Premiere Moisson enters Ontario
By Bakers Journal
By Bakers Journal
March 18, 2008, Toronto – Québec artisan bakery Première Moisson has entered the Ontario market,
with a selection of its traditionally-crafted breads at select A&P
and Dominion supermarkets and Ultra Food & Drug stores in the GTA,
The Barn Markets in Hamilton, and Loeb in Ottawa.
Québec artisan bakery Première Moisson has entered the Ontario market, with a selection of its traditionally-crafted breads at select A&P and Dominion supermarkets and Ultra Food & Drug stores in the GTA, The Barn Markets in Hamilton, and Loeb in Ottawa.
First opening in Montréal in 1992, the bakery today sells over 350,000 loaves of bread a week in its 15 large-scale bakeshops, as well as in supermarkets in Québec including Metro, Loblaws, Sobeys and Costco.
“Visitors from Ontario have told us repeatedly over the years how much they enjoy the authenticity and taste of our breads,” says Liliane Colpron, president and cofounder of Première Moisson. “They’ve asked, ‘When are you coming to Toronto?’ Well, the time is now.”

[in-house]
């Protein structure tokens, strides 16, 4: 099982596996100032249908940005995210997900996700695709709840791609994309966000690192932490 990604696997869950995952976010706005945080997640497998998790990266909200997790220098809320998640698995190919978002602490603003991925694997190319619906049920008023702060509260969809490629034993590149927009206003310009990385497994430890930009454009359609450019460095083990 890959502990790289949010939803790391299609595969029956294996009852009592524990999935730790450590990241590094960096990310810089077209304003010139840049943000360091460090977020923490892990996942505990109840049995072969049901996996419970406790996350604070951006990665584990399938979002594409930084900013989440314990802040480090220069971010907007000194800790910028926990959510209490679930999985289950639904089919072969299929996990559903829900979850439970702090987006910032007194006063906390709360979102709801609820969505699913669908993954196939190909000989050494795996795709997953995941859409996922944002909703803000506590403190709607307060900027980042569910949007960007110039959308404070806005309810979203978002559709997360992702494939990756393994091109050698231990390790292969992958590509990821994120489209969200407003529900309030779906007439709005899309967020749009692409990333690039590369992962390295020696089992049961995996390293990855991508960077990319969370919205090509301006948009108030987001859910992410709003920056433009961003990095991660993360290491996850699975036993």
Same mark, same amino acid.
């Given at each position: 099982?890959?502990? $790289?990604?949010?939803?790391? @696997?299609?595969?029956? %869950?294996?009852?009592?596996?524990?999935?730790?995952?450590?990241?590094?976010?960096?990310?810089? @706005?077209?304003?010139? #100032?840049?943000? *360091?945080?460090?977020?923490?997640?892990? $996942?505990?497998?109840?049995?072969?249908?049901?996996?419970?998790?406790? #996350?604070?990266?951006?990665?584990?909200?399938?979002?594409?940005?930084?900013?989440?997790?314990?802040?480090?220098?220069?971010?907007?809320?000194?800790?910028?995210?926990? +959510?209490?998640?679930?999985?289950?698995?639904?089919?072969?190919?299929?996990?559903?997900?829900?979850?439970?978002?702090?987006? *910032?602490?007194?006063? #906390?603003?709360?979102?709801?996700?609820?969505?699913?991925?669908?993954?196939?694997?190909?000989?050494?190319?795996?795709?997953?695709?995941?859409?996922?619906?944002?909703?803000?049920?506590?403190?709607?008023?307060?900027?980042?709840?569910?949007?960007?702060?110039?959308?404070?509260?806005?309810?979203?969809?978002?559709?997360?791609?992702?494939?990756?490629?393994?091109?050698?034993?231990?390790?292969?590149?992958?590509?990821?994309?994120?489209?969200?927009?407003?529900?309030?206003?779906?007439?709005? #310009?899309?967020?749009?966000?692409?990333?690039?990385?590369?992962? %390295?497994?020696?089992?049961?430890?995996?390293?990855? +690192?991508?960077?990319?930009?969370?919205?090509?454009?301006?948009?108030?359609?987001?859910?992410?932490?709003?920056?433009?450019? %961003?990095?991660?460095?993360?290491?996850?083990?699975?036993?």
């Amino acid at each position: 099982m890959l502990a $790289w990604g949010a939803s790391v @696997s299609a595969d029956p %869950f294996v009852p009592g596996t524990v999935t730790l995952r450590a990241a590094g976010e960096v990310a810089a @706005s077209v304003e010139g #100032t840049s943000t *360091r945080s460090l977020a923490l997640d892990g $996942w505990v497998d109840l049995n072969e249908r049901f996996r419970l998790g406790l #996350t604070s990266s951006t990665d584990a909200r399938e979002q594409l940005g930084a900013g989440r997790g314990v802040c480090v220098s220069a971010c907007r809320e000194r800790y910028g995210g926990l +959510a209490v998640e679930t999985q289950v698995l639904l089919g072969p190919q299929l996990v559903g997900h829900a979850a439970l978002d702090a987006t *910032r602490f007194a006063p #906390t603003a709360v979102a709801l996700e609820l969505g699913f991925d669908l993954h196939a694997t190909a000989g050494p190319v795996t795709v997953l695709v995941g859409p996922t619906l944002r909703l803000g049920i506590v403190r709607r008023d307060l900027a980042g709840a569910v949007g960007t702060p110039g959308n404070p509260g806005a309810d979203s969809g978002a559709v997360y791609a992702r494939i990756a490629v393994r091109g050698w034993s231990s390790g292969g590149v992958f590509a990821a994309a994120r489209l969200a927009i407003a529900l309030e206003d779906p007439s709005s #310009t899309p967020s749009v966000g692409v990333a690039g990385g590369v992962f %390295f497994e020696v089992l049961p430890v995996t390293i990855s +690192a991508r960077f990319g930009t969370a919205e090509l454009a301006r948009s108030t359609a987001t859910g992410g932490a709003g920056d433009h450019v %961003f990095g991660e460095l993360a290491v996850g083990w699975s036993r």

Last September, the company became the first bakery in Québec to grow its own wheat by partnering with Meunerie Milanaise, a company specializing in the milling of organic grains, and with Agrifusion, a group of wheat producers that use no pesticides or chemical fertilizers. The mill now supplies 90 per cent of the flour used to make Première Moisson’s breads.
“The type of wheat used – how it is grown and how it is milled – is so critical to producing the best-tasting traditional loaf,” says Colpron’s daughter, Josée Fiset, vice president of the company, who along with brothers Bernard and Stéphane Fiset, manages the family-run business.
Première Moisson worked with a local agronomist to select wheat varieties with a lower protein content to allow for slow rising of the breads. The move to homegrown wheat is in tune with increasing consumer concerns about food safety and purity and with the company’s mandate to follow the food from field to table.
"For the first time,” says Fiset, “we will be able to trace the flour right back to the grower.”
Première Moisson breads sold in Ontario are fully baked at the company’s Montréal headquarters, frozen, then shipped to individual stores in Ontario, where they are baked briefly in a hot oven (brown ‘n serve) at each store location.
The breads are featured in specialty wooden display cases with a Première Moisson banner in the bakery department of select stores.